The re-development of provision for learners who have high needs/SEN has been highly successful in the last few years with over 180 full time high needs learners each year. The introduction of work placements and greater independence training have provided young people attending the College with opportunities to ensure successful progression into adulthood.
Heart of Worcestershire College has an ambitious drive towards ensuring provision for learners with disabilities takes centre stage in its development of learning opportunities. This has resulted in excellent outcomes for learners resulting in meaningful impact for their lives and work.
This project was developed to raise the aspirations of our pupils but it doesn’t tell the whole story about our collaborative approach to improving children’s lives. Over the past six years we have developed valued partnerships both within, and outside education; these show that collaboration is at the heart of everything we do.
Our SEND Manager not only works closely within our federation, but also visits other local primary schools during the year to build relationships with children who are likely to be moving to us in year 7. She attends review meetings for these children and begins communication with their parents from year 5 onwards. We now have a really effective working relationship with other local SENCOs and Headteachers.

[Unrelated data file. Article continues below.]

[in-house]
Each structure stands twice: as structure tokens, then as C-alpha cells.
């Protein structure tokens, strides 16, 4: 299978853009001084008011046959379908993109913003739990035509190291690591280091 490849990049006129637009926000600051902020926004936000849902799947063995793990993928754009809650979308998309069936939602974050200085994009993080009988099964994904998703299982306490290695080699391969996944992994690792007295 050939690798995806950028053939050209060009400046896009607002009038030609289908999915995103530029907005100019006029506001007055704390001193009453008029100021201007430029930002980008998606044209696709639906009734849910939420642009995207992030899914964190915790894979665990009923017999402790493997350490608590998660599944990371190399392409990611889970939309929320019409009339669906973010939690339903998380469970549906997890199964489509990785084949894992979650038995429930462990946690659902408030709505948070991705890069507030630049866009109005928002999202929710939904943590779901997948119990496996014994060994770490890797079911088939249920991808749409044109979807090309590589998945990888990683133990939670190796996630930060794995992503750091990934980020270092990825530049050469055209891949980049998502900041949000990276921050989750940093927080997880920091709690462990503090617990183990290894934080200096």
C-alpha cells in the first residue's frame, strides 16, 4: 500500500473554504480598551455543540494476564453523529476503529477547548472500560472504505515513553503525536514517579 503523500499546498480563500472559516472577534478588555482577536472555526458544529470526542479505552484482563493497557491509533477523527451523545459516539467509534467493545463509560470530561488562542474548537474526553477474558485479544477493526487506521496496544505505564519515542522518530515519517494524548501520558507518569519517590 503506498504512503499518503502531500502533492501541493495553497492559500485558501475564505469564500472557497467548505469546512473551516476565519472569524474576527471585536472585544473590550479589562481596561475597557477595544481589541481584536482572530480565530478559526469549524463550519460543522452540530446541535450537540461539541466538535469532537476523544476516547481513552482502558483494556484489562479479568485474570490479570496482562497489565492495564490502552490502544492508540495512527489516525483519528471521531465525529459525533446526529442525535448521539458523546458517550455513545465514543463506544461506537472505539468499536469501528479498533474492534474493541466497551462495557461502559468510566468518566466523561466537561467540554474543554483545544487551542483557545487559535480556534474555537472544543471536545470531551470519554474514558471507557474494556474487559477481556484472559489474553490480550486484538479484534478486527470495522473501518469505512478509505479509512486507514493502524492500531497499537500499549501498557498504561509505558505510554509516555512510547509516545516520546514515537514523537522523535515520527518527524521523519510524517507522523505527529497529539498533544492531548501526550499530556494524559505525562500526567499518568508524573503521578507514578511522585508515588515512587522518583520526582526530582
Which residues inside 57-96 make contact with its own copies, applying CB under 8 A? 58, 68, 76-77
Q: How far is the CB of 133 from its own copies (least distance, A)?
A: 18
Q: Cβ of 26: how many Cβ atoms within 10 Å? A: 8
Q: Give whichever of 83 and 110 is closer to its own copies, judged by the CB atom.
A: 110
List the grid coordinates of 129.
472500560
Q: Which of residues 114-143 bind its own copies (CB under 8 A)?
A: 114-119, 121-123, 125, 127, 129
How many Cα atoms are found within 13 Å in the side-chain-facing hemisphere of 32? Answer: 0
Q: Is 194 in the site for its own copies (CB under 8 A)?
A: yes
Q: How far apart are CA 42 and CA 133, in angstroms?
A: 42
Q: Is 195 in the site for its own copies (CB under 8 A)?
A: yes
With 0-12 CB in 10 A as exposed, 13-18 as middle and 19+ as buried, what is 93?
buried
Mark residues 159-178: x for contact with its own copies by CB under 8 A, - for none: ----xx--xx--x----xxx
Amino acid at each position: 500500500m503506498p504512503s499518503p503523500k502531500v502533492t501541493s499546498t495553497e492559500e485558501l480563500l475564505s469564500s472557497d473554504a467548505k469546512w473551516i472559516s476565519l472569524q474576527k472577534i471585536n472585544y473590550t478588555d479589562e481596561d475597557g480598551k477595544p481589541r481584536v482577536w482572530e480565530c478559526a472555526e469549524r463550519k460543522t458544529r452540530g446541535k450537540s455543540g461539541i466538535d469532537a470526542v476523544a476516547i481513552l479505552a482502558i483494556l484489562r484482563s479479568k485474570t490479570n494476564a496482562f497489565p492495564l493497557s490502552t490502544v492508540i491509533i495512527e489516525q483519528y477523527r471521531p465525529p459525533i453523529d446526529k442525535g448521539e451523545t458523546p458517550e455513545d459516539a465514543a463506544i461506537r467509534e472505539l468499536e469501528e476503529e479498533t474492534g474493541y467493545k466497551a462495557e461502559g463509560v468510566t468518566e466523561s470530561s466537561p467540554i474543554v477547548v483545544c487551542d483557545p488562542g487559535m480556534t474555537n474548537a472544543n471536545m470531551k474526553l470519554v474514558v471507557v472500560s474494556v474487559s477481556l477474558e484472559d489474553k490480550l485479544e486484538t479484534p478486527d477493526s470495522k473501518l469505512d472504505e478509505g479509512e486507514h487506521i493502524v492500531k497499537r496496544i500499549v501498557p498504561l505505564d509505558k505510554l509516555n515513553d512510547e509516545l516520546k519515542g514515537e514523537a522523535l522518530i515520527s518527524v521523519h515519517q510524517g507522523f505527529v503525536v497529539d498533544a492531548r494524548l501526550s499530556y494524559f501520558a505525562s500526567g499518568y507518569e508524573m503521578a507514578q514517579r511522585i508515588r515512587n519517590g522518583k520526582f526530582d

The proportion of children with SEND at our school was ore than double the national average and the complexity of the needs was also significant. As a board of governors, we considered appointing an Assistant SENCO to support the day-to-day work the SENCO. This a role description that can be used by school leadership teams or boards of governors who are considering appointing an Assistant SENCO.
This resource outlines the impact of restorative justice within The Iffley Academy, an SEND day provision. . We are currently on a journey to further improve our practice and sharing this resource will hopefully be helpful to schools considering working in a different way and an opportunity for us to reflect on current practice.
Bright Futures School use a relationship-based social communication approach to support pupils with autism. Pupils become more able to engage with the academic and social curriculum, they are happy and challenging behaviours are greatly reduced.